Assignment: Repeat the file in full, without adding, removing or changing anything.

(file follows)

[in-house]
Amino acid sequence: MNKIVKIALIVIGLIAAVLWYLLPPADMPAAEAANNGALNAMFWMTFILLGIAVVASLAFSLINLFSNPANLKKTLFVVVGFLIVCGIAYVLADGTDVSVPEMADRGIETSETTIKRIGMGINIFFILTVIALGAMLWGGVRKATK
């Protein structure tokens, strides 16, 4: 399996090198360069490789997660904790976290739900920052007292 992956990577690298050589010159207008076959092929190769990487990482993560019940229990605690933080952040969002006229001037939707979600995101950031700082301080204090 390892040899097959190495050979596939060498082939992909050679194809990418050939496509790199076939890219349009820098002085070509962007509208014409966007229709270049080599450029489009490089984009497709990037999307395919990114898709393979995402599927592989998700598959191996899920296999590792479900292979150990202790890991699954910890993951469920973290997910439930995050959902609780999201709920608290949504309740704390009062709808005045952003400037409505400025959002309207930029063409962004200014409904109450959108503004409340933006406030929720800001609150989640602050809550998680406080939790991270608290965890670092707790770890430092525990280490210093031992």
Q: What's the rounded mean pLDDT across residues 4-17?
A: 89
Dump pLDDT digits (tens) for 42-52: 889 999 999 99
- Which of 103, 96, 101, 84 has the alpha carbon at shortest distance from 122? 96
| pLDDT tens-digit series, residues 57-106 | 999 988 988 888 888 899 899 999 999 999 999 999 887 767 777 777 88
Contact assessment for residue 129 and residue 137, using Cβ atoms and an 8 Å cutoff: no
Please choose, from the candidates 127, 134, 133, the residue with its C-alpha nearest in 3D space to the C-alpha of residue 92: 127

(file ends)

[in-house]
Amino acid sequence: MNKIVKIALIVIGLIAAVLWYLLPPADMPAAEAANNGALNAMFWMTFILLGIAVVASLAFSLINLFSNPANLKKTLFVVVGFLIVCGIAYVLADGTDVSVPEMADRGIETSETTIKRIGMGINIFFILTVIALGAMLWGGVRKATK
């Protein structure tokens, strides 16, 4: 399996090198360069490789997660904790976290739900920052007292 992956990577690298050589010159207008076959092929190769990487990482993560019940229990605690933080952040969002006229001037939707979600995101950031700082301080204090 390892040899097959190495050979596939060498082939992909050679194809990418050939496509790199076939890219349009820098002085070509962007509208014409966007229709270049080599450029489009490089984009497709990037999307395919990114898709393979995402599927592989998700598959191996899920296999590792479900292979150990202790890991699954910890993951469920973290997910439930995050959902609780999201709920608290949504309740704390009062709808005045952003400037409505400025959002309207930029063409962004200014409904109450959108503004409340933006406030929720800001609150989640602050809550998680406080939790991270608290965890670092707790770890430092525990280490210093031992």
Q: What's the rounded mean pLDDT across residues 4-17?
A: 89
Dump pLDDT digits (tens) for 42-52: 889 999 999 99
- Which of 103, 96, 101, 84 has the alpha carbon at shortest distance from 122? 96
| pLDDT tens-digit series, residues 57-106 | 999 988 988 888 888 899 899 999 999 999 999 999 887 767 777 777 88
Contact assessment for residue 129 and residue 137, using Cβ atoms and an 8 Å cutoff: no
Please choose, from the candidates 127, 134, 133, the residue with its C-alpha nearest in 3D space to the C-alpha of residue 92: 127